Capsule Reviews

"Color" If you were around in the '80s and looking at art, you probably remember Peter Halley. His Celotex-covered, fluorescent work was ubiquitous. But even if you're over Halley's stuff, you should check out his small silk screens in "Color" at Devin Borden Hiram Butler Gallery. It's a clean show of conceptually derived work with the common denominator of bright, geometric color. Halley has taken the square "cells" and linear "conduit" symbolism of his overexposed 1980s paintings and channeled them into dynamic patterns. And he's using some really great inks in fantastic colors -- there's that DayGlo orange you might remember, but there are also rich metallics and lush opalescent pastels. They're really gorgeous, concise works. The show also contains a large drawing by Melissa Thorne, who bases her concentric rectangles of vibrant color on the patterns of other people's crocheted afghans; a 1973 Frank Stella that's early enough to still be interesting; and a nice painting by Christopher French with crisp, bright circles of color levitating on the organically hued surface of raw linen. Through February 17. 4520 Blossom, 713-863-7097.

"Home and Garden" Organized by FotoFest as a part of its series of Inter-Biennial art programs, this show is full of strange takes on domesticity. There are works that are unsettling and funny and beautiful -- sometimes all at once. Curated with Jennifer Ward, the show features eight emerging Texas artists. Among the most promising is Marc Montoya, who scavenges vintage and frequently kitsch-infused 35-millimeter color slides from garage and estate sales, honing in on odd images the original photographer was seemingly oblivious to. In American Jihad I (2003), a teenage boy poses in big dorky headphones attached to a radio/walkie-talkie thingie. And in Blast Off the 4H Way (2003), a small boy on a 1960s parade float stands next to a huge red slightly flaccid, pretty darn phallic rocket. Another participating artist, Julie Ross, has a predilection for seeking American oddity that's similar to Montoya's. She shoots her subjects with a Polaroid camera and then pairs images together. In Untitled (Kitten for Sale) (2001), Ross juxtaposes an image of a JonBenet Ramsey-esque little girl with a shot of a prize-winning fluffy kitten. Other artists include Stephanie Martz, who tears pages from copies of House Beautiful from the '60s and inserts images from John Carpenter's Halloween into their interiors; Anderson Wrangle, who stages his own eerie scenes in affluent, upper-middle-class settings; and Michelle Grinstead, who pushes the domestic space toward the surreal, rather than the ominous, by projecting landscape vistas in banal household environments. This is a provocative, successful, sprawling show. FotoFest's headquarters make a good space, but with less of it, the organizers would have been forced to edit, which would've been a good thing. Through February 5. 1113 Vine, 713-223-5522, ext. 19.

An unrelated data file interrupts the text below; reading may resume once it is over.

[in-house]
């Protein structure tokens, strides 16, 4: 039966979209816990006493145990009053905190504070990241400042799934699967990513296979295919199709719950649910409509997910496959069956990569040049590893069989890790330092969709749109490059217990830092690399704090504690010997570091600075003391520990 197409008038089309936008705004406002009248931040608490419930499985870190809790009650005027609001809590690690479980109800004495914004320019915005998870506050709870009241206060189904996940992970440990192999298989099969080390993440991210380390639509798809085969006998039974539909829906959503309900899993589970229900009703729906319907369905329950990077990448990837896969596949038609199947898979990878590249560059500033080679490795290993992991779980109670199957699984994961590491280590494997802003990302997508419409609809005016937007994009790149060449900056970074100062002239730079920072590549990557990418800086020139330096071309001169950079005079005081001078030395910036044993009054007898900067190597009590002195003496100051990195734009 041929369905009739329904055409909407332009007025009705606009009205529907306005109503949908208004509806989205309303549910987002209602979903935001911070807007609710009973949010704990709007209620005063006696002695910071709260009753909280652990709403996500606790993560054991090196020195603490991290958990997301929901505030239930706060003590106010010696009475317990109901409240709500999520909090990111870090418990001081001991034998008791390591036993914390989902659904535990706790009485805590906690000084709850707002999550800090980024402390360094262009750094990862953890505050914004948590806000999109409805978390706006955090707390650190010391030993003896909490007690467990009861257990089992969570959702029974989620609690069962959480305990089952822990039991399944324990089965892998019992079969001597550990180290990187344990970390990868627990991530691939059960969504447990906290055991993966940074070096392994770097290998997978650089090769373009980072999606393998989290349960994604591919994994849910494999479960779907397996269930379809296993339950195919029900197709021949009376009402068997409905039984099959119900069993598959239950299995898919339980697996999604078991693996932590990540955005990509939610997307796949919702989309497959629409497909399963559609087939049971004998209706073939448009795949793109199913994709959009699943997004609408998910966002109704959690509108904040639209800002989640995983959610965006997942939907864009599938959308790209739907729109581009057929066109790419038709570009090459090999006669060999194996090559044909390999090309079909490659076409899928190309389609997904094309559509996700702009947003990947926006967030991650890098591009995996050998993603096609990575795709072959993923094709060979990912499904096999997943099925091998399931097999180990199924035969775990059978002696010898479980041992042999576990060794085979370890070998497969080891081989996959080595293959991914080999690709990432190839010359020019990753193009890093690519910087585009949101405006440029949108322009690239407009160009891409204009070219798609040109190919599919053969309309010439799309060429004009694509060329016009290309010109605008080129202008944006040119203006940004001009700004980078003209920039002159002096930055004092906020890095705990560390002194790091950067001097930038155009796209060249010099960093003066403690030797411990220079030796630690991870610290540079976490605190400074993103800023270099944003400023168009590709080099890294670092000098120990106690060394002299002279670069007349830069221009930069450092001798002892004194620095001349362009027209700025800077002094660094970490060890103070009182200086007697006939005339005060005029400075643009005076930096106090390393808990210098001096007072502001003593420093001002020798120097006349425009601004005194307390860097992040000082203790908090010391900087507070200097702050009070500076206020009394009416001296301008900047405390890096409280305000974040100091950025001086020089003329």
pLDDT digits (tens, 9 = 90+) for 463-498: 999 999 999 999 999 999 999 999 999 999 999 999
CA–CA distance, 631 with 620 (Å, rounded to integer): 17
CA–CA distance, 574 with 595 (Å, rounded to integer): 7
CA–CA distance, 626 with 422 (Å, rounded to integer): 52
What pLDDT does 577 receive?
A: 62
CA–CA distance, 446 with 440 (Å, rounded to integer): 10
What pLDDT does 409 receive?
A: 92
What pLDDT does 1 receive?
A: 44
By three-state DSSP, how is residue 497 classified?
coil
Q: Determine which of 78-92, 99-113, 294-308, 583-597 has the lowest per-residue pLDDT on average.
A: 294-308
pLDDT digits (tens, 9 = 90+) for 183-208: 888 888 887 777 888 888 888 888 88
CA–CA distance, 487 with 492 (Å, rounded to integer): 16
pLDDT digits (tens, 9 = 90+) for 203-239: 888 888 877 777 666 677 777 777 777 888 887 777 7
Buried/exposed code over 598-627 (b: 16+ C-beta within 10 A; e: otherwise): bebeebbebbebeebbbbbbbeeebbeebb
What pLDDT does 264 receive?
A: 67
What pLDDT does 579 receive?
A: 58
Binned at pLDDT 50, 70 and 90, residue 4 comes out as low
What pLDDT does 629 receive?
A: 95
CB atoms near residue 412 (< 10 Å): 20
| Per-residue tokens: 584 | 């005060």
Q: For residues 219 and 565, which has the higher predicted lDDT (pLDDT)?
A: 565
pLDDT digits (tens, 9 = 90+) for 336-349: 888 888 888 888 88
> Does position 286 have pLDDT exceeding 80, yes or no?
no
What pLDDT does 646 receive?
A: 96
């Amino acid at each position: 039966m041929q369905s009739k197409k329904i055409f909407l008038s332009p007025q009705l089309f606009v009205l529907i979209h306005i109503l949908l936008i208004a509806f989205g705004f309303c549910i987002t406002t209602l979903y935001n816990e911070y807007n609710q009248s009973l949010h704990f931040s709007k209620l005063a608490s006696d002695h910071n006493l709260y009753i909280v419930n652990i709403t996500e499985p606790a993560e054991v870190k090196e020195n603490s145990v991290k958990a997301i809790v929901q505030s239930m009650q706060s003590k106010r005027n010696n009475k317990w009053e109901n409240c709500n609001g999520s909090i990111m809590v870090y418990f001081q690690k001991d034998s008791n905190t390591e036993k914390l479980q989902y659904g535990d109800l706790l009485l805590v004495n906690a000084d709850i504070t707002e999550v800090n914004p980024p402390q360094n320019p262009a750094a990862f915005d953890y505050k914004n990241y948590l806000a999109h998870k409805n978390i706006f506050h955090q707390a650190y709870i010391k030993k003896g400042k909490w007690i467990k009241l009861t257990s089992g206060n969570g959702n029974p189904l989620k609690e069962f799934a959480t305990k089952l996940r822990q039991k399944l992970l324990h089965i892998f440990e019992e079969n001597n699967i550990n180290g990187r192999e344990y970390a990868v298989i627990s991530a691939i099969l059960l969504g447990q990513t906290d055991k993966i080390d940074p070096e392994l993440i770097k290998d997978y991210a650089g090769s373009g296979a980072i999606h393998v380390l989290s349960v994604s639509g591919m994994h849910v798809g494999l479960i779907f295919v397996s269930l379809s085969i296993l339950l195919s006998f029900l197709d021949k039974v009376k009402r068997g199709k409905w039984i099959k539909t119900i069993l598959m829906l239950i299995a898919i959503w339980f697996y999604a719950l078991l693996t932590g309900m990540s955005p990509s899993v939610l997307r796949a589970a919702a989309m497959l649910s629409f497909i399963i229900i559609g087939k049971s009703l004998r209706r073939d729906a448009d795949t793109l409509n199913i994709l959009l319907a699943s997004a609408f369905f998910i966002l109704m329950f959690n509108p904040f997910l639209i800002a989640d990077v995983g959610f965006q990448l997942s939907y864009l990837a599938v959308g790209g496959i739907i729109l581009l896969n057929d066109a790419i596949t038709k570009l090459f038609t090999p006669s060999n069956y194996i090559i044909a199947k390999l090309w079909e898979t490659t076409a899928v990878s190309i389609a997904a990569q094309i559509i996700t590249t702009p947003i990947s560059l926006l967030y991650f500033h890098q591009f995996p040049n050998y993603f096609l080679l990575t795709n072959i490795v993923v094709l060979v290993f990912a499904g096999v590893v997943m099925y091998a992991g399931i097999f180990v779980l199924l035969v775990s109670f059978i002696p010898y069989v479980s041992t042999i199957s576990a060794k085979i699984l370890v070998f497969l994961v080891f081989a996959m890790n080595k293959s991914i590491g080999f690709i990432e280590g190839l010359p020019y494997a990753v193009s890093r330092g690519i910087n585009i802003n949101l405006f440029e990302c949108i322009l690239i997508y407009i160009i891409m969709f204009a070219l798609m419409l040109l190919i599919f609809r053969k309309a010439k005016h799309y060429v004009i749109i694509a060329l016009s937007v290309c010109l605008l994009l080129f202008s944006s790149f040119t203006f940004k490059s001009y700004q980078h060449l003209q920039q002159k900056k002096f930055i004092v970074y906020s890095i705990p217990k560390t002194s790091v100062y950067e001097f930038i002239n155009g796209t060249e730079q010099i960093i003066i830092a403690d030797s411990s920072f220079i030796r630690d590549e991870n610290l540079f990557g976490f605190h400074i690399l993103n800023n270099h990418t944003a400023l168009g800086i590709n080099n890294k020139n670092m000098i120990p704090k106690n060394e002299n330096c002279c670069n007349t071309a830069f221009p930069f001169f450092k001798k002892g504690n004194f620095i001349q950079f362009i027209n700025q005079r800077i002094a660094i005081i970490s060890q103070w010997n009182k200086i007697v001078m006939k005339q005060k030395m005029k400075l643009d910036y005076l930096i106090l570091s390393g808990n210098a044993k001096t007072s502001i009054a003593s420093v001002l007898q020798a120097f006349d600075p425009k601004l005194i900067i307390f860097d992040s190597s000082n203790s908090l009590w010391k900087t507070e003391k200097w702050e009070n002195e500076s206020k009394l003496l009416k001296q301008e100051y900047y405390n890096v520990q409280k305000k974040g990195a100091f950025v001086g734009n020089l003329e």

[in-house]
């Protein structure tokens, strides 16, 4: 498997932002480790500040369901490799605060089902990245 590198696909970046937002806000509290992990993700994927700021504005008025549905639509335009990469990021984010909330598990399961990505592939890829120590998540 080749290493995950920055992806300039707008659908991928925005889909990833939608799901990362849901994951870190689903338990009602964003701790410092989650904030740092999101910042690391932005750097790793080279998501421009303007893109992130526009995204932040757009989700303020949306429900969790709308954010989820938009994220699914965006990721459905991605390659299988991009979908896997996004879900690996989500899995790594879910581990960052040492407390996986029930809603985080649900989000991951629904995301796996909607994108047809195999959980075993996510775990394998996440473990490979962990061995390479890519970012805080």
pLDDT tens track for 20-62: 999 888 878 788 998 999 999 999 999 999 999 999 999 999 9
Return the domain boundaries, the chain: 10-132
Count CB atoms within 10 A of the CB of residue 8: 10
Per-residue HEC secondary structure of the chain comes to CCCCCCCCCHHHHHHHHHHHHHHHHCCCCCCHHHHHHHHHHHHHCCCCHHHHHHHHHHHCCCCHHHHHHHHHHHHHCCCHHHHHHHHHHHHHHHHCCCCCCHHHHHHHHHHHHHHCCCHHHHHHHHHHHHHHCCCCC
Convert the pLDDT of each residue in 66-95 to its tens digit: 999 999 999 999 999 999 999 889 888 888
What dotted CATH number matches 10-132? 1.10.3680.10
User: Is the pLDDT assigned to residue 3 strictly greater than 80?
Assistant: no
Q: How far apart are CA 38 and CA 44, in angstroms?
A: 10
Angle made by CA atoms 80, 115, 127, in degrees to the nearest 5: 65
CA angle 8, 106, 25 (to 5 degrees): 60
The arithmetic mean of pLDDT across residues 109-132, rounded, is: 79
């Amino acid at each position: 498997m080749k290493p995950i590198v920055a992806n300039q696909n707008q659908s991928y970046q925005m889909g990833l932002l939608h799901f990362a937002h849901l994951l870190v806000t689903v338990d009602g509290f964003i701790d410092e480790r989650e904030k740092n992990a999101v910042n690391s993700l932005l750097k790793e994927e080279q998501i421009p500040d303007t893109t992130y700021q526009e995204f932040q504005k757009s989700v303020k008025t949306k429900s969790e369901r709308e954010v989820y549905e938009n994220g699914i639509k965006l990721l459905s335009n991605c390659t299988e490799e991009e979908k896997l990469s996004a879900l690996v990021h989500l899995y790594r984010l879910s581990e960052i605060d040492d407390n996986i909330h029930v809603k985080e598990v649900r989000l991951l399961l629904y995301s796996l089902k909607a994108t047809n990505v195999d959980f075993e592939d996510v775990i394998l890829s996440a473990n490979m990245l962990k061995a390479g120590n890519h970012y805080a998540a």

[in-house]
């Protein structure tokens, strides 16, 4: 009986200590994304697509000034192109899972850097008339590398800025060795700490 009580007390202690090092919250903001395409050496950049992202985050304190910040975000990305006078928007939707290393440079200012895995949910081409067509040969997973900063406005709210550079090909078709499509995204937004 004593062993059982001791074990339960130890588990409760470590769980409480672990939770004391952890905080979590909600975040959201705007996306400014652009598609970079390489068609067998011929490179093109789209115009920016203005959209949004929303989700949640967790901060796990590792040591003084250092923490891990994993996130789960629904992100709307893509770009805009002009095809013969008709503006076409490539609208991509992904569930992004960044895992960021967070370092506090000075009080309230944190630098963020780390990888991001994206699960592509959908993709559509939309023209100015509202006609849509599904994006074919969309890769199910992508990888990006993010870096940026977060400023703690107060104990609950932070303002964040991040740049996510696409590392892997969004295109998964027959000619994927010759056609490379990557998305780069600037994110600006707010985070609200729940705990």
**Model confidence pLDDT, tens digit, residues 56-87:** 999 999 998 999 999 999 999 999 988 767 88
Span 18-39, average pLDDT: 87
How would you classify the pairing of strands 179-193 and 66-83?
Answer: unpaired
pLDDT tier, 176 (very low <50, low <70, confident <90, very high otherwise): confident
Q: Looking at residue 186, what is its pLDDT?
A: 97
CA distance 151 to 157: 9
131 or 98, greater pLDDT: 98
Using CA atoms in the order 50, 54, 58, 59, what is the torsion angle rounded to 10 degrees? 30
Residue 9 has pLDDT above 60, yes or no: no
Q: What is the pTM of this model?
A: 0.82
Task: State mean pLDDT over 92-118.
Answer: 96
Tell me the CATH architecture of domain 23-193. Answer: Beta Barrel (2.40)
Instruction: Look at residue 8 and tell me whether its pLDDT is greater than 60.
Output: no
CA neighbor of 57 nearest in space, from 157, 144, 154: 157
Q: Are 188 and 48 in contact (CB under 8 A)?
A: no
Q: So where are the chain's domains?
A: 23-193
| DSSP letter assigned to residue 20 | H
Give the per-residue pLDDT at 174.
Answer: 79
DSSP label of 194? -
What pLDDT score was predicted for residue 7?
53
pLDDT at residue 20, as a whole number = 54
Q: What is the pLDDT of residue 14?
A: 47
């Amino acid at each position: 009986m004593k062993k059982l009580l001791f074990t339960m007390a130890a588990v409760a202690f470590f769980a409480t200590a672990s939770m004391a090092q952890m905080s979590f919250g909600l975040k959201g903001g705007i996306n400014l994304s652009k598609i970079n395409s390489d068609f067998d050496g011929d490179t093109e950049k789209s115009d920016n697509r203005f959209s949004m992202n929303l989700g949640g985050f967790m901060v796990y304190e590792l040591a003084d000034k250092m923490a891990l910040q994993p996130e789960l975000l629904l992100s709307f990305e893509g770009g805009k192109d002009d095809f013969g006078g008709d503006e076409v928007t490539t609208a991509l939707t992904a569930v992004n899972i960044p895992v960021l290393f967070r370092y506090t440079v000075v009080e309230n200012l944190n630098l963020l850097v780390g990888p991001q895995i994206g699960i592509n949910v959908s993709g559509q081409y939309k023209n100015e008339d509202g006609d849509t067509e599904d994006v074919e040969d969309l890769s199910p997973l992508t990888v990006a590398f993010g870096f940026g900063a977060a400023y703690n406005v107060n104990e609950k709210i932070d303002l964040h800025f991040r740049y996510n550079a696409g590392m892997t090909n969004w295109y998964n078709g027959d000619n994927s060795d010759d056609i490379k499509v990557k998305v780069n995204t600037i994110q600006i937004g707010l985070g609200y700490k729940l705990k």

"Lynne Woods Turner: Exquisite Drawings" These drawings are truly exquisite. Turner uses gouache and pencil to create works so delicate they look like stains. There aren't really any actual lines because their edges are ever-so-slightly modeled. You imagine these faint patterns of precise curving lines and grids of overlapping circles and lozenges could have been transferred from a book or piece of paper set atop them for years. Perhaps the original designs were just faded by the sun? How else could they appear so ephemeral? It is that very elusiveness that makes you peer at them all the harder. Turner has an incredibly subtle but engaging aesthetic. She executes these small-scale works on perfectly square pieces of paper; it is a static format that works well with her fragile and beautifully controlled patterns. Through February 17 at Devin Borden Hiram Butler Gallery, 4520 Blossom, 713-863-7097.